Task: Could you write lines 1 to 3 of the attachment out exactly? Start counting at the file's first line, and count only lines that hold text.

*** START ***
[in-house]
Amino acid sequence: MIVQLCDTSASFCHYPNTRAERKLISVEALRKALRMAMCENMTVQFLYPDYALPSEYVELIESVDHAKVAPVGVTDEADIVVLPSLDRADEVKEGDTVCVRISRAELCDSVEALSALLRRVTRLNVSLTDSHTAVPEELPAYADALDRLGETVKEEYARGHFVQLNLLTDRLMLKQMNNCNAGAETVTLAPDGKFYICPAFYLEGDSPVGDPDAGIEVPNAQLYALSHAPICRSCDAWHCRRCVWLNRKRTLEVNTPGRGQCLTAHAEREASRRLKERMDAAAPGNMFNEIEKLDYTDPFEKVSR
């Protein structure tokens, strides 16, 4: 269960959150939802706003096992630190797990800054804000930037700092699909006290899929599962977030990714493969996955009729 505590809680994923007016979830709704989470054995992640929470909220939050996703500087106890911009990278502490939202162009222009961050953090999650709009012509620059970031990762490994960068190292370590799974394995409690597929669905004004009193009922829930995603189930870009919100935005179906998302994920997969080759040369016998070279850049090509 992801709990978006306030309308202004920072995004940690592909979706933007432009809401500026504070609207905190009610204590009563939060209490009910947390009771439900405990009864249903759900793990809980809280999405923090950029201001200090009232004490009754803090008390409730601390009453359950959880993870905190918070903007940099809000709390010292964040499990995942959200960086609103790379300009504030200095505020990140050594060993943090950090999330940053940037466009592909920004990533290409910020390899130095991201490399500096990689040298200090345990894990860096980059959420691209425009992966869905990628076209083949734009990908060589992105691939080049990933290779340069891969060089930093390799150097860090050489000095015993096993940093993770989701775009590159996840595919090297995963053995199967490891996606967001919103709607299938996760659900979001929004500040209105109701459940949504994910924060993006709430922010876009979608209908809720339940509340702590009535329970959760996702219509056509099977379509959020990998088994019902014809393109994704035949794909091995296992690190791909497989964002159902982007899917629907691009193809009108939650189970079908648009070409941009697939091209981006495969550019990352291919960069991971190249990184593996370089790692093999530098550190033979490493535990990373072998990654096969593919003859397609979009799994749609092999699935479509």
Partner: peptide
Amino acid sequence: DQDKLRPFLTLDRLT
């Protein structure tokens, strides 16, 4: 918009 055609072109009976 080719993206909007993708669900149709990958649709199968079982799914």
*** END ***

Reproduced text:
[in-house]
Amino acid sequence: MIVQLCDTSASFCHYPNTRAERKLISVEALRKALRMAMCENMTVQFLYPDYALPSEYVELIESVDHAKVAPVGVTDEADIVVLPSLDRADEVKEGDTVCVRISRAELCDSVEALSALLRRVTRLNVSLTDSHTAVPEELPAYADALDRLGETVKEEYARGHFVQLNLLTDRLMLKQMNNCNAGAETVTLAPDGKFYICPAFYLEGDSPVGDPDAGIEVPNAQLYALSHAPICRSCDAWHCRRCVWLNRKRTLEVNTPGRGQCLTAHAEREASRRLKERMDAAAPGNMFNEIEKLDYTDPFEKVSR
């Protein structure tokens, strides 16, 4: 269960959150939802706003096992630190797990800054804000930037700092699909006290899929599962977030990714493969996955009729 505590809680994923007016979830709704989470054995992640929470909220939050996703500087106890911009990278502490939202162009222009961050953090999650709009012509620059970031990762490994960068190292370590799974394995409690597929669905004004009193009922829930995603189930870009919100935005179906998302994920997969080759040369016998070279850049090509 992801709990978006306030309308202004920072995004940690592909979706933007432009809401500026504070609207905190009610204590009563939060209490009910947390009771439900405990009864249903759900793990809980809280999405923090950029201001200090009232004490009754803090008390409730601390009453359950959880993870905190918070903007940099809000709390010292964040499990995942959200960086609103790379300009504030200095505020990140050594060993943090950090999330940053940037466009592909920004990533290409910020390899130095991201490399500096990689040298200090345990894990860096980059959420691209425009992966869905990628076209083949734009990908060589992105691939080049990933290779340069891969060089930093390799150097860090050489000095015993096993940093993770989701775009590159996840595919090297995963053995199967490891996606967001919103709607299938996760659900979001929004500040209105109701459940949504994910924060993006709430922010876009979608209908809720339940509340702590009535329970959760996702219509056509099977379509959020990998088994019902014809393109994704035949794909091995296992690190791909497989964002159902982007899917629907691009193809009108939650189970079908648009070409941009697939091209981006495969550019990352291919960069991971190249990184593996370089790692093999530098550190033979490493535990990373072998990654096969593919003859397609979009799994749609092999699935479509």